In recent years, scientists have combined cells from embryos with different sets of genes to create single organisms, known as embryonic chimeras. They use these chimeras to study animal development, evolution, and disease, and to create human organs for transplants.
In the 1960’s, scientists created the first embryonic chimeras from two mice with different genes, to see how regular mouse cells interacted with genetically changed mouse cells, and to learn about their biological processes and disease. However, researchers can’t use mice to directly study human disease because their bodies function differently. Monkeys are more closely related to humans, so offer a more faithful model for researchers to study human biology and disease.
A team of researchers in China recently created live monkey chimeras using special versatile cells from embryos, called embryonic stem cells. These cells can develop into specialized cells responsible for reproduction, called germ cells, or a type of tissue supporting fetal development, called the placenta. They created the monkey chimeras by combining the embryonic stem cells from these monkeys with an embryo from the same type of monkey with different, naturally-occurring genes. They wanted to demonstrate how these stem cells could grow into different types of tissues and bodily organs inside the embryo.
The researchers studied a species of monkeys from southeast Asia, called cynomolgus monkeys, also known as crab-eating macaque. They selected 4 healthy female monkeys ranging in age from 5 to 12 years old to serve as surrogates for the embryos, and kept them at the non-human primate facility of the Center for Excellence in Brain Science and Intelligence Technology in China, where they fed them a stable diet of animal food.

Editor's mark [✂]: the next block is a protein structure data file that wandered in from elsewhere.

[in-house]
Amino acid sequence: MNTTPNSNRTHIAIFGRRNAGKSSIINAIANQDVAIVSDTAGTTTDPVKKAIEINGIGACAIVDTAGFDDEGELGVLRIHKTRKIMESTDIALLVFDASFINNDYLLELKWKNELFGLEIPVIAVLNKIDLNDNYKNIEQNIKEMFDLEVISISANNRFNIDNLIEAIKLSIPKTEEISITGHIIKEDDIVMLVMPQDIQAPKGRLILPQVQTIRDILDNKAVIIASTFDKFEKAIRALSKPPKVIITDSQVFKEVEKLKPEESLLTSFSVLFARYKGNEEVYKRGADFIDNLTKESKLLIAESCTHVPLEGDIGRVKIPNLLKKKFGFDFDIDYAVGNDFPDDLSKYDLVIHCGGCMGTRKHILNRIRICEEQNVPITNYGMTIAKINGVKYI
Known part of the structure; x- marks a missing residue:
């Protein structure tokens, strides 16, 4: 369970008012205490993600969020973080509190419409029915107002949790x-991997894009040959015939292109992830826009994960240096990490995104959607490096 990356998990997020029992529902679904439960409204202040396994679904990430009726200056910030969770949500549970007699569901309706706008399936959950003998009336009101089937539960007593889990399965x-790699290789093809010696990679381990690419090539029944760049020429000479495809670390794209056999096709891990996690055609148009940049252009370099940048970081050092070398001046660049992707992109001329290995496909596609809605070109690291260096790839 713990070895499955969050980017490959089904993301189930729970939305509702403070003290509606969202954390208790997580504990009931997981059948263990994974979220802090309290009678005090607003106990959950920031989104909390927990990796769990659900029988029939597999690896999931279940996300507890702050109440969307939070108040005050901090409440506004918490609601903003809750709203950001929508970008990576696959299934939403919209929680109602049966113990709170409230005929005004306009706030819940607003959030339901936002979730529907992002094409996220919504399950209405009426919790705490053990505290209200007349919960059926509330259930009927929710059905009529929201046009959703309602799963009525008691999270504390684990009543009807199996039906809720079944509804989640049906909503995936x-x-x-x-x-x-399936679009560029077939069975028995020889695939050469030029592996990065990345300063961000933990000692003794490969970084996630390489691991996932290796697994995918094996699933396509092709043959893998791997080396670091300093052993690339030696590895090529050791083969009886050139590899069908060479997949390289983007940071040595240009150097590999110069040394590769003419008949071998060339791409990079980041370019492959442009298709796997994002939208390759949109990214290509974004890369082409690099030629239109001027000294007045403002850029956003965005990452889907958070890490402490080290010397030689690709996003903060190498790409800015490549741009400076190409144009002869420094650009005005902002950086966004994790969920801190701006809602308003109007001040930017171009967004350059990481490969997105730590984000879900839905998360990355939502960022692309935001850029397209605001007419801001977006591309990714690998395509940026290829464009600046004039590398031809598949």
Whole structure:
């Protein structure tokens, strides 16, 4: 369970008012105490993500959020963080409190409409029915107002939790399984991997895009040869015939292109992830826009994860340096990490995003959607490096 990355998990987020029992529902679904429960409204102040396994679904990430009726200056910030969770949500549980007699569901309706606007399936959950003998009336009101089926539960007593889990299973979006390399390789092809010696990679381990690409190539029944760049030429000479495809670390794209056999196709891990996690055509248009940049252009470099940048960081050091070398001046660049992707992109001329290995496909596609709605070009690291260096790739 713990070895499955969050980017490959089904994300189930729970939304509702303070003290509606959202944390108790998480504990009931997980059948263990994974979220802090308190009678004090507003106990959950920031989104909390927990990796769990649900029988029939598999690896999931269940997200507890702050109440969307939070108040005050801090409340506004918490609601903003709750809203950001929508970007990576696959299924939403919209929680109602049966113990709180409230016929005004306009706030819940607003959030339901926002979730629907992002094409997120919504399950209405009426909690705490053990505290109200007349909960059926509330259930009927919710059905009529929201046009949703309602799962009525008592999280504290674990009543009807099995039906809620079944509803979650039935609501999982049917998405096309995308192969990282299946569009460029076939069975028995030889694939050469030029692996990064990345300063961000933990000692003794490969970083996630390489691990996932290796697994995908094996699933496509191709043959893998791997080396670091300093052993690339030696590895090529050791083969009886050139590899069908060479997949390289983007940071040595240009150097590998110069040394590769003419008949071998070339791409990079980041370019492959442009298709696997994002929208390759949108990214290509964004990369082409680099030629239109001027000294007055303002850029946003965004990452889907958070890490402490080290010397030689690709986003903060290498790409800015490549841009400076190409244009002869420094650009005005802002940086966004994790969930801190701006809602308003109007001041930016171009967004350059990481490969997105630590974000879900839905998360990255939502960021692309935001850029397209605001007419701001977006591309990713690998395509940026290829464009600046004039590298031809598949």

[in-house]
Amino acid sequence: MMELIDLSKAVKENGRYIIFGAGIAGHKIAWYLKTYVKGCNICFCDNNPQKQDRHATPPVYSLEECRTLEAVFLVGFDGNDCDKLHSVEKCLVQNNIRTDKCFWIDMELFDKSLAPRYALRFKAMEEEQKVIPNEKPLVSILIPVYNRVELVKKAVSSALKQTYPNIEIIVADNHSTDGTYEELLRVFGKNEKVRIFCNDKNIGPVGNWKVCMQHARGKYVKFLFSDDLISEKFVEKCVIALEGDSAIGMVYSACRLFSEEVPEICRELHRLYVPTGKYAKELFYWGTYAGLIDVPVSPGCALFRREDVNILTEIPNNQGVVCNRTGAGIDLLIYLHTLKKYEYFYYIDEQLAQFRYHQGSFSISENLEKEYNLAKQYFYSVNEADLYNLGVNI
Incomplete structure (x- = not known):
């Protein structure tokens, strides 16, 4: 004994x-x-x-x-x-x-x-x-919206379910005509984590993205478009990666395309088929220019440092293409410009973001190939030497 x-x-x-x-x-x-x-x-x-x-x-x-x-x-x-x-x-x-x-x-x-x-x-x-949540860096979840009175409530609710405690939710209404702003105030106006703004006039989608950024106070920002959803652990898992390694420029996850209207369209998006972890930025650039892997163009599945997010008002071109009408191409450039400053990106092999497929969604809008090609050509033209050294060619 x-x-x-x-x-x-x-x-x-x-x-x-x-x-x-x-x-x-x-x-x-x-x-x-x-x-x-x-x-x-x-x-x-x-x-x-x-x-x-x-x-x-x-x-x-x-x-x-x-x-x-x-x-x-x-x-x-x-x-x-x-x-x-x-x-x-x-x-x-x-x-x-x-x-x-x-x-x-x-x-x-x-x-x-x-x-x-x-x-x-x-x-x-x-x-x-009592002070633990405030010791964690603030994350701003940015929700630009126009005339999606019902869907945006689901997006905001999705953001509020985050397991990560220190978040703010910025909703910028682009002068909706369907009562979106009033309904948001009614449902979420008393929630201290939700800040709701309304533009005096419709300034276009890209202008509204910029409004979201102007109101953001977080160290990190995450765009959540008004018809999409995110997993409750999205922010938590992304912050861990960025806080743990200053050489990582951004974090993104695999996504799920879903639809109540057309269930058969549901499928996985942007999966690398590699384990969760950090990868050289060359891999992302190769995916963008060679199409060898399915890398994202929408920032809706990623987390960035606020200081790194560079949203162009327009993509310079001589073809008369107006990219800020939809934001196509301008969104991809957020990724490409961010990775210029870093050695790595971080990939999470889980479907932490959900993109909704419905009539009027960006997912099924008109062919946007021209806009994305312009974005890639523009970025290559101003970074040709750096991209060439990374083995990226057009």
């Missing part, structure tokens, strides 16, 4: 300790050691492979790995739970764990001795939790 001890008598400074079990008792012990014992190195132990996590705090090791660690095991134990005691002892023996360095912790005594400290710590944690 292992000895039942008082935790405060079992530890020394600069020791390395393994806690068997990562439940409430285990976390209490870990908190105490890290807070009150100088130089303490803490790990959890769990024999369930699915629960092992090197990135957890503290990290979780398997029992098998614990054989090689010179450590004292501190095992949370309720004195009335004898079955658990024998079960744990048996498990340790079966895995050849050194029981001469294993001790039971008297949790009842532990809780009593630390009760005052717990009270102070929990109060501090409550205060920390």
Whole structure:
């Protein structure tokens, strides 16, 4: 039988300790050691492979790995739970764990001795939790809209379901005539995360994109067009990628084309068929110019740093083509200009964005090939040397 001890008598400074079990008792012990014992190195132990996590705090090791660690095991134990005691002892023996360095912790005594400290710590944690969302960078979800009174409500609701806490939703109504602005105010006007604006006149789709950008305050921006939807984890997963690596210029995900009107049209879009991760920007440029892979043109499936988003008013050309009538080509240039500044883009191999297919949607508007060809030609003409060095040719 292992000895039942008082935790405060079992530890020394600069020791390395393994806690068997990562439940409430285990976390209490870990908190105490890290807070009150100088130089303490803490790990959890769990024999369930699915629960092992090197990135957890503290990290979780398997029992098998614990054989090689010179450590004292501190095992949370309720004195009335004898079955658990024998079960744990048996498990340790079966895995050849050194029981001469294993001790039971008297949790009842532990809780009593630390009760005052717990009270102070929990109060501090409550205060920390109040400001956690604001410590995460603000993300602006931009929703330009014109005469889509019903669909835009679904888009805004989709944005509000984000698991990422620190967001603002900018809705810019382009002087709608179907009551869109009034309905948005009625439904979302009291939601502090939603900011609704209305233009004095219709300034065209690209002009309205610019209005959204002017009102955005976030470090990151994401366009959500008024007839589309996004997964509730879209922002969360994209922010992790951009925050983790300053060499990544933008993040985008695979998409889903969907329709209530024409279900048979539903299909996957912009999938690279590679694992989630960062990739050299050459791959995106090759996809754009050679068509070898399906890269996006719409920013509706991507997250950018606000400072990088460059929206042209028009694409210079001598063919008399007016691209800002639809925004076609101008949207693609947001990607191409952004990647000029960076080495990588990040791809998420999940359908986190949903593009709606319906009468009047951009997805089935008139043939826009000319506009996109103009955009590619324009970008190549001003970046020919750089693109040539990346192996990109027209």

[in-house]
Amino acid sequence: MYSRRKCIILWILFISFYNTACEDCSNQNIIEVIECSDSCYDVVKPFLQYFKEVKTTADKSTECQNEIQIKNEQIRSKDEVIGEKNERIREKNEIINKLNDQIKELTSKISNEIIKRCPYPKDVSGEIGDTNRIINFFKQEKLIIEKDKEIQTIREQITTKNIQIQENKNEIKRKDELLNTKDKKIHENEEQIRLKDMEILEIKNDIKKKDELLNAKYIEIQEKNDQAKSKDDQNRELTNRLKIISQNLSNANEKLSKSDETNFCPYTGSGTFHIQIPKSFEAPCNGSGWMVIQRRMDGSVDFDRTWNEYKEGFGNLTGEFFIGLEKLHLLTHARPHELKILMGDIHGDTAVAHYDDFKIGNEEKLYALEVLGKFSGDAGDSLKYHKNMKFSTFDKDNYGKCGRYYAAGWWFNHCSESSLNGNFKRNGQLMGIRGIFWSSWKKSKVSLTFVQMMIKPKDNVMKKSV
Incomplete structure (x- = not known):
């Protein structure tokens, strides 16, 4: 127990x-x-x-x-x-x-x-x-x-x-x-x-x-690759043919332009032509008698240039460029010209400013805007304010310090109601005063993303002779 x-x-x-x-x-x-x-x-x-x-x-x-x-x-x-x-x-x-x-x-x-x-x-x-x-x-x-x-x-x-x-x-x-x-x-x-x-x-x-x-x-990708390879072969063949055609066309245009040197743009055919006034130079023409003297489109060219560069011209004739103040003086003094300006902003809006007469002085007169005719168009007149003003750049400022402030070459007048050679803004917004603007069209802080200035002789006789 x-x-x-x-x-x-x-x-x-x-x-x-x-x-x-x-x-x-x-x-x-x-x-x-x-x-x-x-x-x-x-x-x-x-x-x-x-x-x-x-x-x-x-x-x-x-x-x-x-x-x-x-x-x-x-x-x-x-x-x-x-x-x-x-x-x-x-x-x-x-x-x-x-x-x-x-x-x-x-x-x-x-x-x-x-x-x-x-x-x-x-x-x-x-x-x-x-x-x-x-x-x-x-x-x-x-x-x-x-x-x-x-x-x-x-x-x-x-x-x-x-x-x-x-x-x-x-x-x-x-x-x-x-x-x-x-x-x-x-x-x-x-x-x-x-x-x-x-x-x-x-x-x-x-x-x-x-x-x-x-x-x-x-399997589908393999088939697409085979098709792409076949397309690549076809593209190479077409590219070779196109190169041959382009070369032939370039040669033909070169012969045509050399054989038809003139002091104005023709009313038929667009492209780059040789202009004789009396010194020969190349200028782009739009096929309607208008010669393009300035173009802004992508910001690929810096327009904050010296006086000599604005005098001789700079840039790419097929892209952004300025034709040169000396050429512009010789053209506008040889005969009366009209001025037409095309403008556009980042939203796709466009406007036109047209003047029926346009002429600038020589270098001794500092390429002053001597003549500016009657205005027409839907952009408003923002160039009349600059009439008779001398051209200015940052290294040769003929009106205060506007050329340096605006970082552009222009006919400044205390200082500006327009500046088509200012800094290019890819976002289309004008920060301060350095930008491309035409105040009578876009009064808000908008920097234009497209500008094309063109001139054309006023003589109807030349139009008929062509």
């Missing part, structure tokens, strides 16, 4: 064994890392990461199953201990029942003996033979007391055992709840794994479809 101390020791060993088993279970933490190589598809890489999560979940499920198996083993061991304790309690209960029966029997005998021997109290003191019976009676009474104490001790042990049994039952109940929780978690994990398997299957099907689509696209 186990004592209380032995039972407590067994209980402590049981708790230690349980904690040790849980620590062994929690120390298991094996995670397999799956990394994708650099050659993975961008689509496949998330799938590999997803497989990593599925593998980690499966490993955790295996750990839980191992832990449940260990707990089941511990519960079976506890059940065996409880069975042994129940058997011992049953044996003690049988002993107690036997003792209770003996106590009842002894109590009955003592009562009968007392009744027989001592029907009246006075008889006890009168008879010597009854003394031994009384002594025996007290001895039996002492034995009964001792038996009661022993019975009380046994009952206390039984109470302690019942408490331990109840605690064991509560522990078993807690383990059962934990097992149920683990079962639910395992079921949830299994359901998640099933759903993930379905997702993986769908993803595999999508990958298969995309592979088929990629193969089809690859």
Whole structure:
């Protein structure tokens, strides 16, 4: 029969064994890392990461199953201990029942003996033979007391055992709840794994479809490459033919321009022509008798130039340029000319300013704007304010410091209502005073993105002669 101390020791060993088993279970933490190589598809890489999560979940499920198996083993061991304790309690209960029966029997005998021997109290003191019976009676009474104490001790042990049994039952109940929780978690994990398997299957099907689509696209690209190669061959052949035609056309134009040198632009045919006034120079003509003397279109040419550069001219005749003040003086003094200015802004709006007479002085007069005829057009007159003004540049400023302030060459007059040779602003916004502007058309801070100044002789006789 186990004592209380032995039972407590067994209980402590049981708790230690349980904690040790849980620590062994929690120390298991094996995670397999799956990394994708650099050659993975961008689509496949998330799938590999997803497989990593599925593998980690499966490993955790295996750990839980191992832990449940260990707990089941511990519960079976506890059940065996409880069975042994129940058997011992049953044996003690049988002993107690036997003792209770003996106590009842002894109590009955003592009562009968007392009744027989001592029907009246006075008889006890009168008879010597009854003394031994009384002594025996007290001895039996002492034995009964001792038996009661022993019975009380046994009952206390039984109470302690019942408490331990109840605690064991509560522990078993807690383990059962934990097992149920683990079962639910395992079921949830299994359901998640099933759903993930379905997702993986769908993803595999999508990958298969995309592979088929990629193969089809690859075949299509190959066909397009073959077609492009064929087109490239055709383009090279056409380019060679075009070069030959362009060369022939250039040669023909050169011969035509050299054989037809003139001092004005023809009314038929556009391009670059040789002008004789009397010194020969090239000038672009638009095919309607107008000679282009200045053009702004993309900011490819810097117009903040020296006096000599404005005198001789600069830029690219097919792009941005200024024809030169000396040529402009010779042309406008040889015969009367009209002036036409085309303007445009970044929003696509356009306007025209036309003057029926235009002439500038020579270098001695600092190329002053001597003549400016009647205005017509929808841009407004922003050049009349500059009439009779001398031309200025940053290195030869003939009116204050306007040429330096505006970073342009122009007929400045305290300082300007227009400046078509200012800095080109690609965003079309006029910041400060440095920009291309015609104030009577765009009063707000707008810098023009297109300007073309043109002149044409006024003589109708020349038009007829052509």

They injected 206 monkey embryos with stem cells to create the chimeras. They tagged the stem cells with a green fluorescent protein, which served as a marker to see which tissues grew from the stem cells. They grew the embryos in a petri dish until they developed into a spherical fluid-filled structure consisting of 100 to 200 cells, and transferred the ones with a green fluorescent marker into the surrogate female monkeys. They observed the monkey surrogates to see if they became pregnant, then retrieved their babies once they were born.
The scientists examined how many stem cells grew in the monkey chimeras by performing two types of genetic analyses on tissues from different parts of their bodies. First, they performed a type of DNA analysis called short-tandem-repeat analysis. This analysis works by checking unique DNA codes in the cells, akin to examining tags on clothes. They used this method to compare the codes of the stem cells with the codes of the host embryo cells. If the codes matched, it meant tissues from the chimeras contained the injected stem cells.
The researchers also used a second type of DNA analysis called deep sequencing. This method works like a detective with a super-powered microscope reading single chapters in a tiny book to figure out who wrote them. In this case they used it to distinguish between the stem cells and the host embryos, by figuring out who wrote different parts of the genetic story by reading parts of the genes.
When the researchers transferred the embryos, 12 of the female monkeys became pregnant and 6 of them had live births. They found the 6 monkey chimeras had obtained 21% to 92% of their cells from the stem cells, with an average of 67% stem cells across 26 different types of tissues they tested. The scientists also found the monkey chimeras had a high contribution of the stem cells in their brains, suggesting they could be helpful for studying brain disease in humans.
The researchers concluded the stem cells cooperated well with the other cells during development, which meant they could be used by scientists to create monkeys or other animals with modified genes. They also suggested conservation scientists could use similar methods to integrate stem cells from endangered species into reproductive cells, to help in breeding and increasing their population. They recommended future researchers expand their work to studying human diseases and species conservation.